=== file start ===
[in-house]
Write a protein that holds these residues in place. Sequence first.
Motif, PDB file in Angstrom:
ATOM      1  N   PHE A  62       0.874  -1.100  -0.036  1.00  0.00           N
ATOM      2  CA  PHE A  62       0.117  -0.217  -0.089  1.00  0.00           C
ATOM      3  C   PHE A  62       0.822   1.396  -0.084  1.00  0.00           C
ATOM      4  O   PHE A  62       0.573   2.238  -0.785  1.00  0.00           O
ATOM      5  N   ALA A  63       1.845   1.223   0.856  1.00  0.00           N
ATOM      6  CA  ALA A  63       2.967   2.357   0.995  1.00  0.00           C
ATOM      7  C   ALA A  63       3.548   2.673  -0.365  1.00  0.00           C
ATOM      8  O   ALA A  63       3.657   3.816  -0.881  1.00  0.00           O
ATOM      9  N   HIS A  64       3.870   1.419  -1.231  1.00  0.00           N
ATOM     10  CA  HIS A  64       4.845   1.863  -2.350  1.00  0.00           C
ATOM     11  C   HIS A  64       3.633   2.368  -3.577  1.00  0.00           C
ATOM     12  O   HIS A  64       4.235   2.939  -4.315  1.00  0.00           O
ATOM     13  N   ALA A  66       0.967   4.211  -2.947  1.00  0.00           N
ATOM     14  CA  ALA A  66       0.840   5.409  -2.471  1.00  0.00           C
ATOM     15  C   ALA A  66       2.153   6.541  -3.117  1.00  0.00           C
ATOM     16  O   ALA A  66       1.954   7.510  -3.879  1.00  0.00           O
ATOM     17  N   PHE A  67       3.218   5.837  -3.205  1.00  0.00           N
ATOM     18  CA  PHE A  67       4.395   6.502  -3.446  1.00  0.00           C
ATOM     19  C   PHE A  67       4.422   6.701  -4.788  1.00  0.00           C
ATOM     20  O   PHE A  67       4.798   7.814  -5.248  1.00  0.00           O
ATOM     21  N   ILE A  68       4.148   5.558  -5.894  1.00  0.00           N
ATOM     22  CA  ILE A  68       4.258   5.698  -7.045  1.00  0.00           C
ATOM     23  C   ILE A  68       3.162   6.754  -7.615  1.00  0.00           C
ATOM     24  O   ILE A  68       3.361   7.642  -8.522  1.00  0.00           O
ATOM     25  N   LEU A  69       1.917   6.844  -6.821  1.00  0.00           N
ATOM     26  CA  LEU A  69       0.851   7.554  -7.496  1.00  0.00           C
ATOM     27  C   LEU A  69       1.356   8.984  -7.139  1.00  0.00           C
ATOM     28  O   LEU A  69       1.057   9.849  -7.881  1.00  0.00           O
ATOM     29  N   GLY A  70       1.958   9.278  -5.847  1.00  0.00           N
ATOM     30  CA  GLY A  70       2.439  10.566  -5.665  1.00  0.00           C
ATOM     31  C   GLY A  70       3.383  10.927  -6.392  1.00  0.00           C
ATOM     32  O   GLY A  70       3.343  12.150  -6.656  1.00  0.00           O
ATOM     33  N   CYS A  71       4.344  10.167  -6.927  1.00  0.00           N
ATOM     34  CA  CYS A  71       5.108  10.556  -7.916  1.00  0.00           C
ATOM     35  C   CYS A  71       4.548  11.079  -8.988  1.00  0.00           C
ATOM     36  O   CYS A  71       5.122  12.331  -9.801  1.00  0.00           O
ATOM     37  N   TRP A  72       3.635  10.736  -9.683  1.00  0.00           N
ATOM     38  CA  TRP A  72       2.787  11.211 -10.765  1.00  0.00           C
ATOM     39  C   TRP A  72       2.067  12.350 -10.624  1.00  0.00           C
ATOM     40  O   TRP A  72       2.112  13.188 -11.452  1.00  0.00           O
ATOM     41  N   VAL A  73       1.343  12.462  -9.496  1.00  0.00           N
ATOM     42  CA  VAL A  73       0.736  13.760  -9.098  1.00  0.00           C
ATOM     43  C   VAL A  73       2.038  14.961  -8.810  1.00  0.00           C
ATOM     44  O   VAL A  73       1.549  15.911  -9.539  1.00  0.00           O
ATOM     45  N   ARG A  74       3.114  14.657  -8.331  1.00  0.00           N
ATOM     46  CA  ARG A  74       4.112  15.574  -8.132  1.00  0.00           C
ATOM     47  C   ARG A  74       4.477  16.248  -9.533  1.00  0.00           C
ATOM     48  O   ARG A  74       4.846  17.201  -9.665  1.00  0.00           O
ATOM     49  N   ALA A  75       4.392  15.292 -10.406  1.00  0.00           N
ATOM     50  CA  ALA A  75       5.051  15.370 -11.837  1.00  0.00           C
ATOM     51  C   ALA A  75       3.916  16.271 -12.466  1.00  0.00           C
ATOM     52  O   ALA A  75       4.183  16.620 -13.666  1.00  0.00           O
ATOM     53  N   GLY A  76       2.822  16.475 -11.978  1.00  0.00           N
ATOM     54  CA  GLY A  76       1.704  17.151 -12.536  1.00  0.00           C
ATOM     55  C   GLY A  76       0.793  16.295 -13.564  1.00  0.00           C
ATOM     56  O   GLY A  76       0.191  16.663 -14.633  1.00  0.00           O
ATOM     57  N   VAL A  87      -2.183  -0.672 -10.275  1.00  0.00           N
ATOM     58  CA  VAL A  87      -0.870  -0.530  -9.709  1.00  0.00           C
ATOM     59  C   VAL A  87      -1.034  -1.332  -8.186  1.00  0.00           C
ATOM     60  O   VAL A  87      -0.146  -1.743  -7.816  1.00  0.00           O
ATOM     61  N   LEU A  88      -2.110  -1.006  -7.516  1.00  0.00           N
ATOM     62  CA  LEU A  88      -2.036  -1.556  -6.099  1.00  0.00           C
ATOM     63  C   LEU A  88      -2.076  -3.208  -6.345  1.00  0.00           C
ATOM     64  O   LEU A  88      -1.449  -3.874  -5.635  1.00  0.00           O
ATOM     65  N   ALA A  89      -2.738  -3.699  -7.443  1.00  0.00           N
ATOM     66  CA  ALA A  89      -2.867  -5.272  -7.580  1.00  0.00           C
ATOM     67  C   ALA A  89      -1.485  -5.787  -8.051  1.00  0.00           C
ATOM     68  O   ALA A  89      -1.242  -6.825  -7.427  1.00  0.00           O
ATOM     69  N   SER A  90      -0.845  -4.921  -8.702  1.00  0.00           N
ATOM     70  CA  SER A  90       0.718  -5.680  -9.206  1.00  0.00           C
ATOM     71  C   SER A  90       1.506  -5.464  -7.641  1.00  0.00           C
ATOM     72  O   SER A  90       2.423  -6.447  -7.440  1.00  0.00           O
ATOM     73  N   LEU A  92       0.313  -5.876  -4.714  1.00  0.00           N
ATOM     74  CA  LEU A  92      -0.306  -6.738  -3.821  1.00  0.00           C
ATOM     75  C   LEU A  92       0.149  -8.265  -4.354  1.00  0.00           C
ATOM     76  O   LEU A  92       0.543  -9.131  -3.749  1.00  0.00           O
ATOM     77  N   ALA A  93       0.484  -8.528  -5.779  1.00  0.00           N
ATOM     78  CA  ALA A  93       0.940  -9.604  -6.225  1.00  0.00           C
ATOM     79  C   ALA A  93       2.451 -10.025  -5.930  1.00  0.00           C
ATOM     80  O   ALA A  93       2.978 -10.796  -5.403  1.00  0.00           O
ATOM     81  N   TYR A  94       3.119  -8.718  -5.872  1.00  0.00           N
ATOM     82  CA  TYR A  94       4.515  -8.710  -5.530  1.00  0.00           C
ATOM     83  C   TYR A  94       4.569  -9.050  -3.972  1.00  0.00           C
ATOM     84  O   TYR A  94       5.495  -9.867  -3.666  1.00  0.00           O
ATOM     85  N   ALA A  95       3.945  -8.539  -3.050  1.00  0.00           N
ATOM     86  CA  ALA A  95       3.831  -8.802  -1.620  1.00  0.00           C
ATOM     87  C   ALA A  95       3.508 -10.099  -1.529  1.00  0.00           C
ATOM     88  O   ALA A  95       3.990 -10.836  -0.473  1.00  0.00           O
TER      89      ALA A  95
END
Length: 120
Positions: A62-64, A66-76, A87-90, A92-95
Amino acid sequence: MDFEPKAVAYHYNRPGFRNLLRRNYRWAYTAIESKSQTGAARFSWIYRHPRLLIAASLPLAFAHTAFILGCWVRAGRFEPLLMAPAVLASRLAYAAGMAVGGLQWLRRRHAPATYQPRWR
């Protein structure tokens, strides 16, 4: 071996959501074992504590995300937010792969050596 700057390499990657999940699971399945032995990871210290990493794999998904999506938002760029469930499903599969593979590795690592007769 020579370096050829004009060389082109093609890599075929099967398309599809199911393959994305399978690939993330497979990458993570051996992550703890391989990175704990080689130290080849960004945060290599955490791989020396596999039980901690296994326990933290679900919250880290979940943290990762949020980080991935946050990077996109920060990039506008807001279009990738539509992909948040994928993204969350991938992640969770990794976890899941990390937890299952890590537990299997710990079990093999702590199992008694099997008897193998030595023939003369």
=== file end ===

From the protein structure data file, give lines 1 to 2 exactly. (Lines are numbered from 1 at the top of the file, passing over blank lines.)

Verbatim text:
[in-house]
Write a protein that holds these residues in place. Sequence first.